It was firmly lodged in the sand and it looked soaked through and through. A water line was etched all the way around it near the top surface and underneath that mark the whole of it was encrusted with barnacles. This told me its voyage had been long and judging from its size I didn't think it was from our part of the world. What had finally washed up out here on the rim of the bay was a magnificent spruce log.
        I climbed atop this mighty hunk of wood and while standing on it, I could imagine it out there drifting silently, making its way across the vast Pacific. There was no moon on the night it arrived, and my imagination conjured up visions of this massive trunk riding in on the huge, tumultuous waves, rolling across the outside reefs that protect the bay, and then floating into shore, unnoticed, until it made landfall.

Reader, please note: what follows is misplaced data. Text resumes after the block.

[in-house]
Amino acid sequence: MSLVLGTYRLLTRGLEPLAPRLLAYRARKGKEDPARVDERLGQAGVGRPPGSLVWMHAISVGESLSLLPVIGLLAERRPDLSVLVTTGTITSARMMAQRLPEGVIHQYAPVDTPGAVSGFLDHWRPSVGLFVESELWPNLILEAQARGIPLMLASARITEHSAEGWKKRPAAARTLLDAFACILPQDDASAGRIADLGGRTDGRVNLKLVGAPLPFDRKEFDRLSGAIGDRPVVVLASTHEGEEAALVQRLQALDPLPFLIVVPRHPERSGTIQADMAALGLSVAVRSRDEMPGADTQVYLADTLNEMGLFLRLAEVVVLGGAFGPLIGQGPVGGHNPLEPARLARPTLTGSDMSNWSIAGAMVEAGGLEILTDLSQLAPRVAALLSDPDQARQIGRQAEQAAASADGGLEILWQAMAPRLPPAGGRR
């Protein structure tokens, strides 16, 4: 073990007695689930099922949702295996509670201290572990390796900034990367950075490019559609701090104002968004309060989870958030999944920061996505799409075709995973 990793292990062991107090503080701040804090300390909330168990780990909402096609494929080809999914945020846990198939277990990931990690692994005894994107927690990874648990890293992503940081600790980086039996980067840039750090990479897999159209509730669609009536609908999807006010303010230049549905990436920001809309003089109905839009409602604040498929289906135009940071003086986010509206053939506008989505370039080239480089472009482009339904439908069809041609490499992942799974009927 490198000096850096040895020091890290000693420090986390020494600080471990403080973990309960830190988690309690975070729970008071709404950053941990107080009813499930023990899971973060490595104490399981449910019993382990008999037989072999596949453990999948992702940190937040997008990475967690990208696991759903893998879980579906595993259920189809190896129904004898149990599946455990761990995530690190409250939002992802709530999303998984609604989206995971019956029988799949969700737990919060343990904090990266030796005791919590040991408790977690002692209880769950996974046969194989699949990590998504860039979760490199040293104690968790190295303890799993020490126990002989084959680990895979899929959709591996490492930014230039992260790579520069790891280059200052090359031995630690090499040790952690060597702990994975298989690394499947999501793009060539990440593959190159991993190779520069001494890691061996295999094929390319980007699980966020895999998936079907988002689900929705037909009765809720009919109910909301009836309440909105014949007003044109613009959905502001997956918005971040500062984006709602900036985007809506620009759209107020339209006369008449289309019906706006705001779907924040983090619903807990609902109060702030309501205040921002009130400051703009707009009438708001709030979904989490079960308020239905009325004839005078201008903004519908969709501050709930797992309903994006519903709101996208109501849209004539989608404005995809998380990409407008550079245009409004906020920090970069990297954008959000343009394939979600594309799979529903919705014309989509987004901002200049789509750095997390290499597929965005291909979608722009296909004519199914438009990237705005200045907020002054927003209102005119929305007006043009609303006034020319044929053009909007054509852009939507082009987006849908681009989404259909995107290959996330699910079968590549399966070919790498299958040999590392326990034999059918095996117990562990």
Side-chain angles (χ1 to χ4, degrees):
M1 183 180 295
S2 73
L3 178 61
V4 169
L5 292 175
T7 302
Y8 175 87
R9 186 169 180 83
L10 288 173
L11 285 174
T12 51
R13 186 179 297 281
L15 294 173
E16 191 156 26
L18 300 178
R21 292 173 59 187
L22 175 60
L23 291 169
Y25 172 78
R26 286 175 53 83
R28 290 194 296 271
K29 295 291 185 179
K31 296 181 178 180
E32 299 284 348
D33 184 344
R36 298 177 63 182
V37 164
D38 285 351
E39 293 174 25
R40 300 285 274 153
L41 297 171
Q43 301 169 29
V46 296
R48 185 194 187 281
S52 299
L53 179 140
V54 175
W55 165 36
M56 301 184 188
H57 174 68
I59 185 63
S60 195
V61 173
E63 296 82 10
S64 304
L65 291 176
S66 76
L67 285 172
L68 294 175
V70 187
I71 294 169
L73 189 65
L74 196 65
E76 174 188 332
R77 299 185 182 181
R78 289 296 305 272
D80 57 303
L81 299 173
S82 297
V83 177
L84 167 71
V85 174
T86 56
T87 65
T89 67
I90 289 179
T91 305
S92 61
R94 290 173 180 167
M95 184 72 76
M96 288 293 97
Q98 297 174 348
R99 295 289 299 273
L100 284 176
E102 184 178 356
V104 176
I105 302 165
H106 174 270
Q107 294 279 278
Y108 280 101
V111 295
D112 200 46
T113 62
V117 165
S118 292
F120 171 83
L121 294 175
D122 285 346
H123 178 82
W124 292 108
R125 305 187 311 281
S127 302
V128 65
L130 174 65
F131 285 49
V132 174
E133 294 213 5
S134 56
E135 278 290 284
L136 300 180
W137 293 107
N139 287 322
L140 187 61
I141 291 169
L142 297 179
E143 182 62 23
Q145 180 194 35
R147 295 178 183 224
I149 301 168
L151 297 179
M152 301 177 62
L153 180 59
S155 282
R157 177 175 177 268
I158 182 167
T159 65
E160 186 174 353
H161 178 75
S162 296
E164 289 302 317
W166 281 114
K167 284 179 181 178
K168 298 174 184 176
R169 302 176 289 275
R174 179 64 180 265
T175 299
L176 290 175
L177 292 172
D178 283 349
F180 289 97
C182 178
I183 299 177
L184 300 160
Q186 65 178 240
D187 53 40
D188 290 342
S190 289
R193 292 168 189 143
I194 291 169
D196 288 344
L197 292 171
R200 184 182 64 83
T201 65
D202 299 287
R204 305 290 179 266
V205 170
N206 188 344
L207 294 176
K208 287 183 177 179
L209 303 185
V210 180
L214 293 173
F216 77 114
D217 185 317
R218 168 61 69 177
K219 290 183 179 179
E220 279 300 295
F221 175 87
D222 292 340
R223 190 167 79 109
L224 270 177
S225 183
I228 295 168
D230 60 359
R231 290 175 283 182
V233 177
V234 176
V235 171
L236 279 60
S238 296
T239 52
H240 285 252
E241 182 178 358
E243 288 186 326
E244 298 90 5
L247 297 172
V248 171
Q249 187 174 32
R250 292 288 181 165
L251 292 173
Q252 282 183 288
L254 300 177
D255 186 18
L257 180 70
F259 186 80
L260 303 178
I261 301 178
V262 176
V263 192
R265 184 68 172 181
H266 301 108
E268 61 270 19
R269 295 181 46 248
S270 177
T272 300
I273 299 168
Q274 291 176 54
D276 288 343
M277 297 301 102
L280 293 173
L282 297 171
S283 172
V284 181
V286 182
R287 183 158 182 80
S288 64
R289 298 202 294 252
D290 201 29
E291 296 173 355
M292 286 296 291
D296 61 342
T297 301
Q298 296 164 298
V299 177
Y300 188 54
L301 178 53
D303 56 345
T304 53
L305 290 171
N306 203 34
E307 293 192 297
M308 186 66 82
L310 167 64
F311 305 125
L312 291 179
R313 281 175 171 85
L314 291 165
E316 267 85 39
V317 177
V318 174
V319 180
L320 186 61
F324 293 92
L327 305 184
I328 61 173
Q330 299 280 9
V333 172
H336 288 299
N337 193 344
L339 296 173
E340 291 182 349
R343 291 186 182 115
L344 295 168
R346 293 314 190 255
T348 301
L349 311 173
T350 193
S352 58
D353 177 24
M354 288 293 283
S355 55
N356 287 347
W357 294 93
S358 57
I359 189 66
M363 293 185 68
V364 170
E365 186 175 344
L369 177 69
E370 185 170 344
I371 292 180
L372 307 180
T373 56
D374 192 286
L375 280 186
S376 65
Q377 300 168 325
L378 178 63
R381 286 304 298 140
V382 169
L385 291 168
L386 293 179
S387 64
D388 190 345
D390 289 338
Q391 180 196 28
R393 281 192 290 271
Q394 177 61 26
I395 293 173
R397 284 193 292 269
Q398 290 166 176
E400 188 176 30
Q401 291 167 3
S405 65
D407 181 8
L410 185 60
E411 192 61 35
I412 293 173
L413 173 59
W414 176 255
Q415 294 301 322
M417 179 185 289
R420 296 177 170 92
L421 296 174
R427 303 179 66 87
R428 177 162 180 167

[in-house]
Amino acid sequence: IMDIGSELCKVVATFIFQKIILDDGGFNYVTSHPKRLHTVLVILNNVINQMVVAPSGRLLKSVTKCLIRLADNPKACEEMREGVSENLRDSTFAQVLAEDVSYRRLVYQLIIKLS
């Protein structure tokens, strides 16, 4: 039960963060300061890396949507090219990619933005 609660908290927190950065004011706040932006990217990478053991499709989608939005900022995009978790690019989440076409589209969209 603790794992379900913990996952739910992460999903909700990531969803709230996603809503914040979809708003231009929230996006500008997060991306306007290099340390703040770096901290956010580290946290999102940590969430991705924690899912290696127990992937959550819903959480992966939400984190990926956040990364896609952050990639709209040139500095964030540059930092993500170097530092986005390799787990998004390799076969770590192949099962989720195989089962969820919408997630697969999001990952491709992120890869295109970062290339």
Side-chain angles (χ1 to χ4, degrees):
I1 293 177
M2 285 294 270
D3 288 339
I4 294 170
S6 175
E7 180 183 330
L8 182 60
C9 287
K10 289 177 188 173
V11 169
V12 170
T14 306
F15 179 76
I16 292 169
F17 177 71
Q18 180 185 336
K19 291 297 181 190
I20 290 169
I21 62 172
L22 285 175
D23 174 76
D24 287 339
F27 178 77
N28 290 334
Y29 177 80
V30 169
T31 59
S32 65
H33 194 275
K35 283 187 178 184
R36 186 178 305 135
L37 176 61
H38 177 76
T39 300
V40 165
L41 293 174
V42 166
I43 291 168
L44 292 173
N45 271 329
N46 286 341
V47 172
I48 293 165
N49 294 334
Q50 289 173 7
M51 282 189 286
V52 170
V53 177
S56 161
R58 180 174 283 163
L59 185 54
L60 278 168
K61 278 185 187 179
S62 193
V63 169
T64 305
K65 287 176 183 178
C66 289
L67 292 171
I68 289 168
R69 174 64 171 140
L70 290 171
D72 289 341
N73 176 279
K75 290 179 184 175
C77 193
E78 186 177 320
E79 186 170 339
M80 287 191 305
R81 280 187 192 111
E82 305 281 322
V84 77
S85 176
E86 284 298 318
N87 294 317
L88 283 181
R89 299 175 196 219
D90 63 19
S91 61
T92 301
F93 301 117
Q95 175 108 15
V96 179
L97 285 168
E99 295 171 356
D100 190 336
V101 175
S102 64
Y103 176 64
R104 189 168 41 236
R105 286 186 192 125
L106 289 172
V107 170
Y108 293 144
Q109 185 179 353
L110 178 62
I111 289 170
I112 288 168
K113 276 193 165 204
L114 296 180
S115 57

Chewy trotted off into the bushes to search for old tennis balls that washed ashore on a daily basis. It was the norm for him to find at least one ball every time we came out here. For that amazing feat I nicknamed him Bally Wally. I stayed with the log.

        I go to the ocean with all my emotions. Sometime we are in synch, me and the ocean, both of us happy, sad, or angry. Blue sky or grey, I find solace out there and it is my place to go for quiet and moments of reflection. Now, with this new added attraction, I could sit up out of the water on a high tide and still see across the entire reach of the bay including a full view of both mountains and ocean. It wasn't long until all the barnacles and sea life that made this piece of wood their home had vanished.